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2016. US Industry - 135,000 new robots bring jobs back home

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posted on Feb, 22 2017 @ 09:09 AM
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The new economy is based on industrial robots - it kicked off in the US around 2010, and it's moving fast. As reported in 2016, "The main driver of this growth is the ongoing trend to automate production in order to strengthen the competitiveness of American industry globally, to keep manufacturing at home, and, in some cases, to bring back manufacturing that had previously been outsourced to other countries."




2016. US Industry - 135,000 new robots bring jobs back home

Frankfurt, 23 November 2016 - In the last six years, (2010-2015), the US industry has installed around 135,000 new industrial robots. The principal driver in this race to automate is the car industry. During this same period, (2010-2015), the number of employees in the automotive sector increased by 230,000. Today, the robot density in the automotive sector of the United States rank second worldwide to that of Japan. The industrial renaissance in North America continues unabated; provided the global economy remains stable, it is estimated that robot shipments to Canada, Mexico and the US will grow at an average annual rate of 5% to 10%. These are the conclusions of the World Robotics Report 2016 published by the International Federation of Robotics (IFR).

The industrial sector in the US continues to invest strongly in robotics and automation. …The main driver of this growth is the ongoing trend to automate production in order to strengthen the competitiveness of American industry globally, to keep manufacturing at home, and, in some cases, to bring back manufacturing that had previously been outsourced to other countries.




Beyond automotive manufacturing, "The electronics industry continues to be the fastest-growing emerging industry for industrial robots in the United States" - robot sales in electronics grew 41% from 2014-2015.



…Car manufacturers and component suppliers will continue to be heavy users of robots. In addition, more and more new companies specialized in electric or autonomous vehicles are starting up in the United States and are in need of modern and efficient production facilities. This said, after six years of continuously growing industrial robot sales to the US automotive industry, a moderate decrease in the overall sales growth is anticipated for 2016 - 2017; the retooling necessary for new car models will then drive an increase in demand for industrial robots starting in 2018 - 2019.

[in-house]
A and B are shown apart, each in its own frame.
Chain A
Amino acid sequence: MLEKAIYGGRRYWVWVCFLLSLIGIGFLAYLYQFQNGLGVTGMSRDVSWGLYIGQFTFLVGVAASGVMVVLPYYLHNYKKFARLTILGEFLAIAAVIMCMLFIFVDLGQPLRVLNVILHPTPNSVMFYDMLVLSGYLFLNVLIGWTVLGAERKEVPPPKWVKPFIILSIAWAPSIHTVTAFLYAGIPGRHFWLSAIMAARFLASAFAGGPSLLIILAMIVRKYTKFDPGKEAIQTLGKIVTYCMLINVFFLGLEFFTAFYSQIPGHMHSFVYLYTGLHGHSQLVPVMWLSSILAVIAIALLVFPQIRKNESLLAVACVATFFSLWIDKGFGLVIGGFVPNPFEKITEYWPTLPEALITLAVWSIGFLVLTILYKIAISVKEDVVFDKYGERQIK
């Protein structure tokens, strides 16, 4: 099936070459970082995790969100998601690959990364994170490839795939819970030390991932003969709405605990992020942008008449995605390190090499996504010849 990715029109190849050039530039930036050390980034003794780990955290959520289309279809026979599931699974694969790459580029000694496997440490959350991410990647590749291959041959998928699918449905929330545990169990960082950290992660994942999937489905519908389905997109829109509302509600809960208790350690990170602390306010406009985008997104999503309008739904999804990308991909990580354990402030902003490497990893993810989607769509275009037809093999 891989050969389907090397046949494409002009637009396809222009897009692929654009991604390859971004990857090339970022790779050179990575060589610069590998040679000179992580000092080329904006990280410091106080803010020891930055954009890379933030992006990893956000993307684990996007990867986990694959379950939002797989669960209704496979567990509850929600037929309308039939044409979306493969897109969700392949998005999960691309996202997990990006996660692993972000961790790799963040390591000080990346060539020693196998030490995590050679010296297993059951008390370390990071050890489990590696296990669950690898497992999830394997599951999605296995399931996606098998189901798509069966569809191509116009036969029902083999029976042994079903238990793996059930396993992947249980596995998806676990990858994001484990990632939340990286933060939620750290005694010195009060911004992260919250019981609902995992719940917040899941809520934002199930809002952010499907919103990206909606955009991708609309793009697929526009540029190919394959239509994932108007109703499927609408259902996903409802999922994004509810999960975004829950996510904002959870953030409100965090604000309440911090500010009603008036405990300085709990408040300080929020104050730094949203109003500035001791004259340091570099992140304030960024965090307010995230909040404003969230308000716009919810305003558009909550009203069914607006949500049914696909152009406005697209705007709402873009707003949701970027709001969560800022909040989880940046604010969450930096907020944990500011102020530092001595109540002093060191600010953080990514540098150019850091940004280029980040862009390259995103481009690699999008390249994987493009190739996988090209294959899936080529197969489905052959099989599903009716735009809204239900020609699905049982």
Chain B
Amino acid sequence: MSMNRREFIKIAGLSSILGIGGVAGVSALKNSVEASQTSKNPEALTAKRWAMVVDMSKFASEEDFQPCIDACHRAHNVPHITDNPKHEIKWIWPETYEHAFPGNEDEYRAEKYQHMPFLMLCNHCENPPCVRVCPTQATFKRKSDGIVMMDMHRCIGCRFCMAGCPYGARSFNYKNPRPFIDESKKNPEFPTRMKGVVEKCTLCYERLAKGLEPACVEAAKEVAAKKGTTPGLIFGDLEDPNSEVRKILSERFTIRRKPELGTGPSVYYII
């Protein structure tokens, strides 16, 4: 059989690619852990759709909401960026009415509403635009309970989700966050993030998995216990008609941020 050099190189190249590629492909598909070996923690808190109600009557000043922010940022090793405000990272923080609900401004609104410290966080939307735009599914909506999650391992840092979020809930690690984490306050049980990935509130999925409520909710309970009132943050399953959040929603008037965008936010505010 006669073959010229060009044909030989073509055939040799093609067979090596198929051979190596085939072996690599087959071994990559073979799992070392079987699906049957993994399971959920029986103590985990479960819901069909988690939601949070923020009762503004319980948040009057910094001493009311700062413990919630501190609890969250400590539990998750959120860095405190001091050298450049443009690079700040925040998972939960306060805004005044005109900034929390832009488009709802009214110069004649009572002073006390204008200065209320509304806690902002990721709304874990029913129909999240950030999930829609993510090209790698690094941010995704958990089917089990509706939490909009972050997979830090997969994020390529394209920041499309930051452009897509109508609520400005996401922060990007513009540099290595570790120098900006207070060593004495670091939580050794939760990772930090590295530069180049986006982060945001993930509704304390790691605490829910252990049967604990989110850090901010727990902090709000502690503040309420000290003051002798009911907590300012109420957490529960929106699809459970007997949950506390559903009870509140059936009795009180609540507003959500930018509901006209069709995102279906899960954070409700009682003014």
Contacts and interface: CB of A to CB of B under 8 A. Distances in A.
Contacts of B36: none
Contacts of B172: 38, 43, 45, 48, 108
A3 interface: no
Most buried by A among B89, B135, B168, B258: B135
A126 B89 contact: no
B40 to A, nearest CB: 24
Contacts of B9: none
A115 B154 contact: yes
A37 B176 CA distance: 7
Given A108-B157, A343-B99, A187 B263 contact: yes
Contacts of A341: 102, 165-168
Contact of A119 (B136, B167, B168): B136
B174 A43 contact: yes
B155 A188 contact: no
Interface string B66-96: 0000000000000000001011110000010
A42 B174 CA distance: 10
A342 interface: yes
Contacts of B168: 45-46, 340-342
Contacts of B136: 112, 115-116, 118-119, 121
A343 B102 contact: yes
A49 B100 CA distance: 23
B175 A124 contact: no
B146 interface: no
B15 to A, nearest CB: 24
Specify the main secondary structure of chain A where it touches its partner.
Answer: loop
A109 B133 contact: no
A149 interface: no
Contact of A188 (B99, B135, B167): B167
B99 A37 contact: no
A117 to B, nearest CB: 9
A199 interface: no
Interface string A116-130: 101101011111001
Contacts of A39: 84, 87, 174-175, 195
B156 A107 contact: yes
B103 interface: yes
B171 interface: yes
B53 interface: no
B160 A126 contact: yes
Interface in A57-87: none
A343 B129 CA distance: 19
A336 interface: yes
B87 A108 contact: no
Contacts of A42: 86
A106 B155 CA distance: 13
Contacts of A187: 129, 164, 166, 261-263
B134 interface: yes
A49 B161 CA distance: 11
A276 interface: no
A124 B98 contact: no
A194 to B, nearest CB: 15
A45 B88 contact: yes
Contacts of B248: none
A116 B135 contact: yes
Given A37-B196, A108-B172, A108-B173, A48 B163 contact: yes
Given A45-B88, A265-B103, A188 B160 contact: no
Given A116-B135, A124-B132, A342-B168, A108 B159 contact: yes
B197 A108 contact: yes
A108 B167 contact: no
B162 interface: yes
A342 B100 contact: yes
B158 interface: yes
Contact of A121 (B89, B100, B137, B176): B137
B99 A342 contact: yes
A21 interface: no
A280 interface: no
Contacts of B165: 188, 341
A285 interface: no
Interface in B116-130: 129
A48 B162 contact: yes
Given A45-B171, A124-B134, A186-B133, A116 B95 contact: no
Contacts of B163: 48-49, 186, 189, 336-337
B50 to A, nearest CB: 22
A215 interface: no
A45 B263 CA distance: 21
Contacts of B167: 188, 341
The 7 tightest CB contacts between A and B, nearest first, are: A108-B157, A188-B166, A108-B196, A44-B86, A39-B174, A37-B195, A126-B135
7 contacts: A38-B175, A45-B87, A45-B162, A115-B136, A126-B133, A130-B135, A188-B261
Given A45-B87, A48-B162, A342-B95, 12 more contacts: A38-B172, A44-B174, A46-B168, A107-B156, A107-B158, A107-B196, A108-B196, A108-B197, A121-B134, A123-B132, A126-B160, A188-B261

The electronics industry continues to be the fastest-growing emerging industry for industrial robots in the United States (2014-2015 = +41%). Increasing numbers of orders can also be expected from the metals and machinery industry, the rubber and plastics industry, the pharmaceutical and cosmetics industry, and the food and beverage industry. Changing customer demands necessitate the modernization and expansion of capacities which, combined with local industry's need for automation to strengthen its competitiveness, will lead to further increase in demand for industrial robots.




The take home message: Wanna stay competitive in the global marketplace? Automate!

Even China is automating - fast. So fast that many worry about what will happen to all the displaced workers. But that's a subject for another thread.

Meanwhile in the USA, automation is proceeding about as fast as production is returning to the nation. There are some job gains at the front end of course - like the 230,000 new automotive jobs created between 2010 and 2015. But don't expect ongoing increases. Once the factories retool for the 2018 production lines, it'll be close to game-over.




posted on Feb, 22 2017 @ 09:27 AM
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This is a very important subject. Automation is taking away our jobs. The cost of the automation is not justifiable, how can we buy this stuff the companies make if we do not have jobs. I know, just give people more and more credit, so everyone is way over their heads in debt. That has worked so far, they feel they are rich because they have their pensions in the stock market which is far from real. All the money in the stock market can disappear in no time, the real value of the companies is not represented by the value of the stock. It is a big ponzi scheme. Sure it has been working, people want to believe they have money when in fact most companies have less than a penny of asset value per a dollar of stock value.

I used to like doing physical work in a Factory, you go home and sleep well, you do not have much stress. You made decent money, had insurance and holiday pay, you did not need to buy a health club membership to get your exercise. Our society has gotten delusional. What is wrong with working in a factory to make things our society needs to survive?

Technology will eventually destroy our society, all the money will go to the top few and we will all just be doing mediocre work, working as sub contractors for these companies and the people who are at the top. I don't know about others, but I liked to work and see what I created when I was done. It used to be that you had pride in the stuff you made.

Wait till these companies start using 3D printers to print everything, nobody will have a job. The masses in the cities will be hit worst, there will be crime everywhere, people who need money to live will be stealing from others.



posted on Feb, 22 2017 @ 09:34 AM